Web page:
“… Without a sense of identity, there can be no real struggle…”
― Paulo Friere, Pedagogy of the Oppressed
An odd scenario has evolved in how we negotiate art, politics, and interpretation when considering the relationship between intersubjectvity and the circulation of meaning in the teaching of literature. A new morality has emerged: forget a ‘spoiler alert’ and you’ve committed a punishable heresy. Who dies at the end of a season of Breaking Bad? Serious business, people. Existential necessity. Just Good manners. But as for ‘trigger warnings’ [TW]? Shit, that’s just crybaby neoliberal self-petting for the snowflake and kleenex crowd, for those disposed to “fragility of mind“.
Now, I’ve procrastinated on writing on this topic in the same way I sidestep “death of the humanities” debates. The arguments are vociferous and dispersed, with a conglomerate of tenured professors siding together in detecting a “chilling effect on our teaching and pedagogy“, with the frigidity of puritanical TW advocates and millennial whingers collaborating in the straight jacketing of literature and its magnanimous task to challenge the naive. You’d need a page to list the entire bibliography of this point of view, which has enjoyed a fair whack of “father knows best” in big academic publications.
However, those supporting trigger warnings or content notices have either been ignored, miscast as proponents of censorship and pedagogical restriction, or just unremarkable ableism that implies that those of soft constitutions should best stick to Archie comics. There have, however, been several very good defences — I recommend Shakesville and Samantha Field for start. And, this morning, Julia Serano proposed some evaluations, in an essay over 6000 words. Serano notes a generational issue in play, but I’m not so sure of that. Regardless, one does sense that an older professoriate has absorbed too much Admin-think; and they now preach that tough love is the TruthHurts.edu for the weak-soled kids of the now.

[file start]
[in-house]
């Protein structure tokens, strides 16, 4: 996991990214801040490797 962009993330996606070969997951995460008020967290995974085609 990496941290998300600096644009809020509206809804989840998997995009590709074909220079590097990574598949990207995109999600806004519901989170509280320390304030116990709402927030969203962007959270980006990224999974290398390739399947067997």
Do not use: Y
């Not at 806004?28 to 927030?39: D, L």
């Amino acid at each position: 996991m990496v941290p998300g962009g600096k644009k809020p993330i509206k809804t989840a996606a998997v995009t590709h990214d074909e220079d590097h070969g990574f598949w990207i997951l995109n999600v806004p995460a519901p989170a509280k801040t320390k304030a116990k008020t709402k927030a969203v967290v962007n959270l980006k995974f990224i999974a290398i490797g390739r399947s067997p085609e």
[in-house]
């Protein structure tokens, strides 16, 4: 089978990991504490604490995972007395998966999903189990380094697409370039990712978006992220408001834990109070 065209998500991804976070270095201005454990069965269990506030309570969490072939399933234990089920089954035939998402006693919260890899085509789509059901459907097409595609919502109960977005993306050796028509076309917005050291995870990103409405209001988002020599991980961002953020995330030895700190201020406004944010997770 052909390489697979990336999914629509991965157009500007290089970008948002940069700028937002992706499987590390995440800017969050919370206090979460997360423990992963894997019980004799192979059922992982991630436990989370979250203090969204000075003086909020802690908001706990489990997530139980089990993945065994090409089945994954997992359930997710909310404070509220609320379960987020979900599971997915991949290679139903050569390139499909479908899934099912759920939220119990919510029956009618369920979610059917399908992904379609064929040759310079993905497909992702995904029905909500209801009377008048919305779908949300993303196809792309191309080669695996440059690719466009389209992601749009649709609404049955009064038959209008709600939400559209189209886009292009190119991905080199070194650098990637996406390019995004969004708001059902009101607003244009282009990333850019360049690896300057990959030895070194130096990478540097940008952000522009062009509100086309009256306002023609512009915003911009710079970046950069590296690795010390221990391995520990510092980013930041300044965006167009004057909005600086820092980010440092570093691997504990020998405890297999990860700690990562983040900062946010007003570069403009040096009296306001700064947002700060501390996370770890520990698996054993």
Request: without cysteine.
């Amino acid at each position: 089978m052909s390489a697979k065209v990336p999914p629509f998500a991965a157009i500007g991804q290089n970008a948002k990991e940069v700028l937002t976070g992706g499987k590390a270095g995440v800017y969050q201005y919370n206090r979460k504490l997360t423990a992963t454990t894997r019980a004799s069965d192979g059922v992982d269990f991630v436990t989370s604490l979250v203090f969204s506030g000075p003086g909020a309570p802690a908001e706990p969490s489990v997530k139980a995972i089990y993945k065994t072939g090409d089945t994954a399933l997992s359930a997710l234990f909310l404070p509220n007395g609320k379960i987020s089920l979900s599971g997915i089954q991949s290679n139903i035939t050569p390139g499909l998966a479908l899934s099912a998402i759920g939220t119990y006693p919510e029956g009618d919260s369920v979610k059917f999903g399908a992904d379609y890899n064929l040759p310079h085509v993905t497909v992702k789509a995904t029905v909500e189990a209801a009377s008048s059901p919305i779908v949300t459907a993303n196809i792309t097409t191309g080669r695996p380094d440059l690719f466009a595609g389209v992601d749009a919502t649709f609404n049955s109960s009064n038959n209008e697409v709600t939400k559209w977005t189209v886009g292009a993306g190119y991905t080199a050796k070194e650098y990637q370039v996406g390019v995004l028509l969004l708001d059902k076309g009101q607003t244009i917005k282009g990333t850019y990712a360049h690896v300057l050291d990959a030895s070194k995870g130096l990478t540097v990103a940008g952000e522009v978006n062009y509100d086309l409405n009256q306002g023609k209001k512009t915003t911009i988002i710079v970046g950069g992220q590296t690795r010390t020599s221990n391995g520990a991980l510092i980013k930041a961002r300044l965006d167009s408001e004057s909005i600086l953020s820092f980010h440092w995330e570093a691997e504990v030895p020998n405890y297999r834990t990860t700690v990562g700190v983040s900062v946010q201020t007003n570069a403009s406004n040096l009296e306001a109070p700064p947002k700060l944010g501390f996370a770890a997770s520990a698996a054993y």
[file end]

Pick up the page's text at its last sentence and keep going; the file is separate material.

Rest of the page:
Really, I would probably have jogged past the subject, throwing my hands up in dismay at the fray, if not for a scholar I greatly admire, Jack Halberstam, offering a much-discussed intervention into the field.
In terms of joining the debate, Halberstam’s essay felt like a second-half substitute of another striker in football (soccer), a fresh pair of legs rushing onto the pitch to replace a wearied captain playing midfield. To put it another way, Halberstam brings flash where for too long we only heard administrative arguments against TW. Halberstam’s dazzling style of aggressive play, albeit appearing somewhat late in the match, is mostly tooth and less tactics: “all social difference in terms of hurt feelings and that divides up politically allied subjects into hierarchies of woundedness,” he writes gnashingly of TWs.
With the dozens of heavy footed pieces out there, I realize the contribution I might make is how I — as an openly transsexual woman in university classrooms — use TW in my syllabus and course dynamics